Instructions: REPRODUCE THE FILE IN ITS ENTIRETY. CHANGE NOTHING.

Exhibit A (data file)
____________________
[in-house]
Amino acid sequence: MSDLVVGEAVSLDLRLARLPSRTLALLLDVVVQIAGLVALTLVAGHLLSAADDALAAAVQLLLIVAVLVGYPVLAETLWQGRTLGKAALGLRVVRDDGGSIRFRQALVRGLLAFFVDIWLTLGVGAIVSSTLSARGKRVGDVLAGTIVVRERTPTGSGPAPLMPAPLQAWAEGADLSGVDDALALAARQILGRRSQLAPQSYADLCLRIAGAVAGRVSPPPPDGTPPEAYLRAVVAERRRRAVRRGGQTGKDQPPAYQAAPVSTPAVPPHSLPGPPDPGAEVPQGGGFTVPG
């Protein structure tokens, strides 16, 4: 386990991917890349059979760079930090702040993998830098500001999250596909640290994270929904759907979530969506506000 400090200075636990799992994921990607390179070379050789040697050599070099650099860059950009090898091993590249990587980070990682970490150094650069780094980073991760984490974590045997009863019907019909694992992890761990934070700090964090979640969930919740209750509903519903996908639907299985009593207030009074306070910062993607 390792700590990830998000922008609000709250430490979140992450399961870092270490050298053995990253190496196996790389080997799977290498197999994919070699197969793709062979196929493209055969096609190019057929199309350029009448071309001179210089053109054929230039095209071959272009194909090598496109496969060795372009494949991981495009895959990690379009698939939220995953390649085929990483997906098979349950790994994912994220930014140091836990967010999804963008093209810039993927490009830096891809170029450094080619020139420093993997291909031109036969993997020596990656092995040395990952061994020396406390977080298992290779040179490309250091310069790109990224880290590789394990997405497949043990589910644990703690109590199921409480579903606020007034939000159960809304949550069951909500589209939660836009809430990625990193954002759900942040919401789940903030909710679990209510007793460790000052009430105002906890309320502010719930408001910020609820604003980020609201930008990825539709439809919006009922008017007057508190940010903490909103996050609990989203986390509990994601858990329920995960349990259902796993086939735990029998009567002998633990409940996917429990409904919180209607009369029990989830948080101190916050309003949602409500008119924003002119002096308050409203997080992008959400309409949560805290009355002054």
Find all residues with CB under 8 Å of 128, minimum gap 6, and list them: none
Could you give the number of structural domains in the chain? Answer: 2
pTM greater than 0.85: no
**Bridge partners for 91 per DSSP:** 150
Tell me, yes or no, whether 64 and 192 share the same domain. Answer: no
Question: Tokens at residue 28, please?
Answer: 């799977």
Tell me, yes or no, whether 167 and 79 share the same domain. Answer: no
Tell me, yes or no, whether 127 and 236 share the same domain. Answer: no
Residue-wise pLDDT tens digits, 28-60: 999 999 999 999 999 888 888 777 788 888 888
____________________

[in-house]
Amino acid sequence: MSDLVVGEAVSLDLRLARLPSRTLALLLDVVVQIAGLVALTLVAGHLLSAADDALAAAVQLLLIVAVLVGYPVLAETLWQGRTLGKAALGLRVVRDDGGSIRFRQALVRGLLAFFVDIWLTLGVGAIVSSTLSARGKRVGDVLAGTIVVRERTPTGSGPAPLMPAPLQAWAEGADLSGVDDALALAARQILGRRSQLAPQSYADLCLRIAGAVAGRVSPPPPDGTPPEAYLRAVVAERRRRAVRRGGQTGKDQPPAYQAAPVSTPAVPPHSLPGPPDPGAEVPQGGGFTVPG
């Protein structure tokens, strides 16, 4: 386990991917890349059979760079930090702040993998830098500001999250596909640290994270929904759907979530969506506000 400090200075636990799992994921990607390179070379050789040697050599070099650099860059950009090898091993590249990587980070990682970490150094650069780094980073991760984490974590045997009863019907019909694992992890761990934070700090964090979640969930919740209750509903519903996908639907299985009593207030009074306070910062993607 390792700590990830998000922008609000709250430490979140992450399961870092270490050298053995990253190496196996790389080997799977290498197999994919070699197969793709062979196929493209055969096609190019057929199309350029009448071309001179210089053109054929230039095209071959272009194909090598496109496969060795372009494949991981495009895959990690379009698939939220995953390649085929990483997906098979349950790994994912994220930014140091836990967010999804963008093209810039993927490009830096891809170029450094080619020139420093993997291909031109036969993997020596990656092995040395990952061994020396406390977080298992290779040179490309250091310069790109990224880290590789394990997405497949043990589910644990703690109590199921409480579903606020007034939000159960809304949550069951909500589209939660836009809430990625990193954002759900942040919401789940903030909710679990209510007793460790000052009430105002906890309320502010719930408001910020609820604003980020609201930008990825539709439809919006009922008017007057508190940010903490909103996050609990989203986390509990994601858990329920995960349990259902796993086939735990029998009567002998633990409940996917429990409904919180209607009369029990989830948080101190916050309003949602409500008119924003002119002096308050409203997080992008959400309409949560805290009355002054």
Find all residues with CB under 8 Å of 128, minimum gap 6, and list them: none
Could you give the number of structural domains in the chain? Answer: 2
pTM greater than 0.85: no
**Bridge partners for 91 per DSSP:** 150
Tell me, yes or no, whether 64 and 192 share the same domain. Answer: no
Question: Tokens at residue 28, please?
Answer: 């799977």
Tell me, yes or no, whether 167 and 79 share the same domain. Answer: no
Tell me, yes or no, whether 127 and 236 share the same domain. Answer: no
Residue-wise pLDDT tens digits, 28-60: 999 999 999 999 999 888 888 777 788 888 888